Turnout for European Parliament elections has been on a downward trend ever since the first poll forty years ago.
There are many arguments put forward to explain this, including the complexity of understanding how Brussels works.
To help you get your head around this spring’s European elections, we’ve put together this handy explainer.
What is happening?
Voters across the European Union will go the polls to select the 705 MEPs to serve in the European Parliament for the next five years.
When is the vote?
As you will discover, European elections are a smorgasbord of different systems, with a distinctly disjointed approach.
It’s no different for when voters go the polls: for most, it will be Sunday, May 26; for others the 23rd, 24th or 25th.
How will Brexit affect things?
It’s already meant the number of MEPs for the next five-year term being reduced to 705, down from 751 during the 2014-2019 period.
The biggest beneficiaries have been France and Spain, who will both have five extra members in the chamber.
That could change, however, if the United Kingdom extends its stay in the EU by three months or more.
That’s because if it asks for more time beyond July 2, 2019, it will have to field candidates in May’s election.
How are MEPs elected?
Confusingly, there are different voting systems used across the EU. But all are some form of proportional representation, which is where parties gain seats in relation to the number of votes they get.
Closed lists: Some vote for parties, who have selected a fixed list of candidates to appear on the ballot paper.
The number of MEPs a party gets elected is proportional to its vote share, as long as it passes a minimum threshold, often 5%.
So if party X gets 30% of votes in a country allocated 10 MEPs, it would get 30% or 3 MEPs.
Candidates at the top of the list are chosen first.
Open lists: Other countries have more open lists where voters choose a party or indicate who is their favourite candidate.
This allows voters to change the order of the party lists and influence who is elected first, in contrast to the fixed or closed list.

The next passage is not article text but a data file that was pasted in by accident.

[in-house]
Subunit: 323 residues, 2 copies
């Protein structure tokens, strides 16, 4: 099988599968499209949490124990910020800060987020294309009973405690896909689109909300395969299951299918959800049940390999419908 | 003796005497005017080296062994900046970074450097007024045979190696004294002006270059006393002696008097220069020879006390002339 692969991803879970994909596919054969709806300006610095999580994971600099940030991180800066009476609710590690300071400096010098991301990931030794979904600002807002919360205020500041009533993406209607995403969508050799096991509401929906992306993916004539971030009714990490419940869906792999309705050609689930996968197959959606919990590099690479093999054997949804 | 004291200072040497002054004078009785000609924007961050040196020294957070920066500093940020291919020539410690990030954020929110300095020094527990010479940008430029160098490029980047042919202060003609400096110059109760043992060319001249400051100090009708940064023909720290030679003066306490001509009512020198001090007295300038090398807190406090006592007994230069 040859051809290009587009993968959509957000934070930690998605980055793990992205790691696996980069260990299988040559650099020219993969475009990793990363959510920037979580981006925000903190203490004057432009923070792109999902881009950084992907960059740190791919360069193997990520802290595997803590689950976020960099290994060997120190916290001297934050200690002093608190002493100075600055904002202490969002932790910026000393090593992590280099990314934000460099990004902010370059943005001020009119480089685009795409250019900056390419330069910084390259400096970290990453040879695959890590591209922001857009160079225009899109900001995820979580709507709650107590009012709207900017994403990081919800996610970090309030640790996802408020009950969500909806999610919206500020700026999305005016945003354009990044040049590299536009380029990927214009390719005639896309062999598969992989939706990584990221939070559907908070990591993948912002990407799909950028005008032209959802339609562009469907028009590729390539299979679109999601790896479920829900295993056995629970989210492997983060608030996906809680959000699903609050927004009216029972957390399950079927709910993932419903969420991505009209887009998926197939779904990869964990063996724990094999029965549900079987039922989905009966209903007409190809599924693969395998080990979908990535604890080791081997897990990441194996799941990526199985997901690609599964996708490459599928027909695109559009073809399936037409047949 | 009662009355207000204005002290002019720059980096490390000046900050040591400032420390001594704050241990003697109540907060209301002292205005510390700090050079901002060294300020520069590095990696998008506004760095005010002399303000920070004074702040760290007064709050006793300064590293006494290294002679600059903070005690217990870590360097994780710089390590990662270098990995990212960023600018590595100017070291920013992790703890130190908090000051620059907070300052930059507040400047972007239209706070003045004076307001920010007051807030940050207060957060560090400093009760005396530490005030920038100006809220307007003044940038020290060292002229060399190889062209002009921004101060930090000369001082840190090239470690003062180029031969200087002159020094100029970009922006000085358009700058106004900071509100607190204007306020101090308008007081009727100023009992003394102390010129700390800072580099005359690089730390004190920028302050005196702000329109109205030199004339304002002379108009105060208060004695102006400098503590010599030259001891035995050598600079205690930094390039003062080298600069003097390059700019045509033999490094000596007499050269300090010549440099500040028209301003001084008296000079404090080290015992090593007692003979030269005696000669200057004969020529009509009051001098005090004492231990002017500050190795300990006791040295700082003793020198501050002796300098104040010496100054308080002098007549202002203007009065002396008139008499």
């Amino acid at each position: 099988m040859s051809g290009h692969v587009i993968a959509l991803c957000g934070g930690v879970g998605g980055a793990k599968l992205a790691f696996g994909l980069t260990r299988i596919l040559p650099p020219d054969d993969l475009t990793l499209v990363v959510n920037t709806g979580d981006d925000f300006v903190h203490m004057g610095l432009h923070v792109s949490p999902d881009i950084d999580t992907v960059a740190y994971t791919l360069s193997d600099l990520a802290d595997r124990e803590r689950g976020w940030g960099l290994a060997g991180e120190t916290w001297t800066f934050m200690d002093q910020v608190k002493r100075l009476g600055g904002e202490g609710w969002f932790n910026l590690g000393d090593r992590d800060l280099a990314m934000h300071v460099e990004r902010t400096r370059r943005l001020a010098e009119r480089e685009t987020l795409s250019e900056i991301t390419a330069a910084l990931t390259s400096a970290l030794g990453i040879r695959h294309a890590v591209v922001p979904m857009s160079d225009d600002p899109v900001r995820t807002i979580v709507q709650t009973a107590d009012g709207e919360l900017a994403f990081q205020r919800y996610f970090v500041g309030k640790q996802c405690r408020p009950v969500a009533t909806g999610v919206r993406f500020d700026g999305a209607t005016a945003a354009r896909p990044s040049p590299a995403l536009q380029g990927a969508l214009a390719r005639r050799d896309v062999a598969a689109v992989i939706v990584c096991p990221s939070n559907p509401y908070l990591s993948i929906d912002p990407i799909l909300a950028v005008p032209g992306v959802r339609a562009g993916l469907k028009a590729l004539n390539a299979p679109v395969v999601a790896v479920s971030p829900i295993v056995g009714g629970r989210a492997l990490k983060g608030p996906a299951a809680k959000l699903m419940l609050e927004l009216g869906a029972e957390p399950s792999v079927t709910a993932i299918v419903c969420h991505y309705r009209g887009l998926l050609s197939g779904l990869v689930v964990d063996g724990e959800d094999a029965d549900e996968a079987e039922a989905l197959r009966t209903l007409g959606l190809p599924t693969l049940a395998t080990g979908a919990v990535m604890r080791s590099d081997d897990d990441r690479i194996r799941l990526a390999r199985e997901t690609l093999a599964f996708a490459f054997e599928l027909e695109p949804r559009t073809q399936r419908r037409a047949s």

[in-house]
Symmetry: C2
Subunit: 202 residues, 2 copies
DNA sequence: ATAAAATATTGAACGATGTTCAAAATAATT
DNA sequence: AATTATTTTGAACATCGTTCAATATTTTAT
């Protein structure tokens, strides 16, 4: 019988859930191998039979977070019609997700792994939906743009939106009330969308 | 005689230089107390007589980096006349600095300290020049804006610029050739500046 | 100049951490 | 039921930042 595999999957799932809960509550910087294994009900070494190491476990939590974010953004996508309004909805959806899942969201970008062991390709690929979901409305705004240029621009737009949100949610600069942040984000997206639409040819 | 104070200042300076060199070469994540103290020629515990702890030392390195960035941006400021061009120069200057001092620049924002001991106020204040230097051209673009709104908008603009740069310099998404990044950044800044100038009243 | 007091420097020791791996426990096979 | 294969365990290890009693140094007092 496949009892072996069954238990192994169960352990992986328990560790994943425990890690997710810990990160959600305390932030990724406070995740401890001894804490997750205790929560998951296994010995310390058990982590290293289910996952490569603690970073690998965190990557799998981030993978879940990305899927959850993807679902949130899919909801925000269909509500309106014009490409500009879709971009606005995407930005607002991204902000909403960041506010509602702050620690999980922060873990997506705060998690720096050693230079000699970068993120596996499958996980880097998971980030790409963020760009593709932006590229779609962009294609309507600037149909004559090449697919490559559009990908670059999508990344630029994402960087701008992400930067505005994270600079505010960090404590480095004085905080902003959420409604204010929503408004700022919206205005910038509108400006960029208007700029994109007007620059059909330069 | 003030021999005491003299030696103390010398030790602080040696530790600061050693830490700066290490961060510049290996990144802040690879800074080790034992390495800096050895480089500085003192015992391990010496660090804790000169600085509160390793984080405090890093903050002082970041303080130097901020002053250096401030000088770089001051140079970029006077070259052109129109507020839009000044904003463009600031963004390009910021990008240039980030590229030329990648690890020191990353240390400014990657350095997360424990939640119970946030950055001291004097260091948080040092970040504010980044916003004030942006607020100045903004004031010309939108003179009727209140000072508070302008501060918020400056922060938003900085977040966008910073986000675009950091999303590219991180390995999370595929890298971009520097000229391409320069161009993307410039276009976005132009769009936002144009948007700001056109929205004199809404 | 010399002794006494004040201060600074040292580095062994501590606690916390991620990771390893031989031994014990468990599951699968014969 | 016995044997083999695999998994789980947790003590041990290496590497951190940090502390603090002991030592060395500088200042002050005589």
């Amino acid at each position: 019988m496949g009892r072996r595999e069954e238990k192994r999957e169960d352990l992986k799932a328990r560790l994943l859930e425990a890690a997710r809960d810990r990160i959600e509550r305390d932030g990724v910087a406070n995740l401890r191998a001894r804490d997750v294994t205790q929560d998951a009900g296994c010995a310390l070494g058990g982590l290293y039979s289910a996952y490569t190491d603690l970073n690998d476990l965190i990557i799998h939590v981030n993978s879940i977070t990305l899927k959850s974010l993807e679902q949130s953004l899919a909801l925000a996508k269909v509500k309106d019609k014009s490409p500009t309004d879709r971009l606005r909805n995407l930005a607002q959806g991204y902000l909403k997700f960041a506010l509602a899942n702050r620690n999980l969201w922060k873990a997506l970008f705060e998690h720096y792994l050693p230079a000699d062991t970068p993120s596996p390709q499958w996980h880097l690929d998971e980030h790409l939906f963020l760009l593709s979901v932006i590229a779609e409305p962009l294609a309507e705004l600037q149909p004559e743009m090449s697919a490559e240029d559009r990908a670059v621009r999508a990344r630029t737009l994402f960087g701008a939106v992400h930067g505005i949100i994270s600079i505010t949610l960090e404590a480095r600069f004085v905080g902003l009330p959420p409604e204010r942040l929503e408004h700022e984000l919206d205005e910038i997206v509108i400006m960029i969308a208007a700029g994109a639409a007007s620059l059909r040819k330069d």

Single transferable vote: There is also the single transferable vote, where electors choose as many candidates as they like and number them by preference
The numbers tell those counting to transfer the vote of any candidate that has passed the threshold to be elected or has no chance of winning.
When a winning candidate gets enough votes, all additional ballot papers with him as the first choice are ignored and second preferences counted instead.
What do MEPs do?
MEPs are elected to represent regions in some countries, like Italy, while in others, such as Germany, they have the whole country as their constituency.
They will serve a five-year term (2019-2024) and spend their time between European parliaments in Strasbourg and Brussels.
The number each country gets its proportional to its population.
Germany, the most populous, will get 96 MEPs for its 82.8 million people, while tiny Malta, with 475,000 people, has just six.
They pass EU laws and approve its budget, along with the European Council, which comprises the heads of state of each country.
MEPs represent individual countries or regions but in parliament sit in transnational groups according to political ideology.
For example, there are groupings to represent the centre-right, socialists, greens and others for eurosceptics.
MEPs also help choose the president of the European Commission, the EU’s civil service.
The largest political grouping after May’s election has the strongest mandate to have its choice head up the commission.
Last time around that was the European People’s Party, who managed to get its candidate, Jean-Claude Juncker, into the hot seat.
The process is that another body, The European Council, comprising chiefs of EU countries, first votes on a nominee chosen after taking into account the election result.
If they approve the candidate, it goes to the European Parliament, where he or she must get the support of a majority of MEPs.
Only then does he or she become president of the European Commission.
What could overshadow the election?
Firstly, growing anti-EU populism across the continent could see a louder eurosceptic voice in parliament.
This might slow down the legislative process and make decision making much more of a challenge:
Secondly, there is also the question of legitimacy: turnout at EU elections has been on a downward trend since 1979.
It’s dropped from 62% to 42% over the last four decades.
That’s despite a handful of countries, including Belgium, Greece and Bulgaria, where voting is compulsory.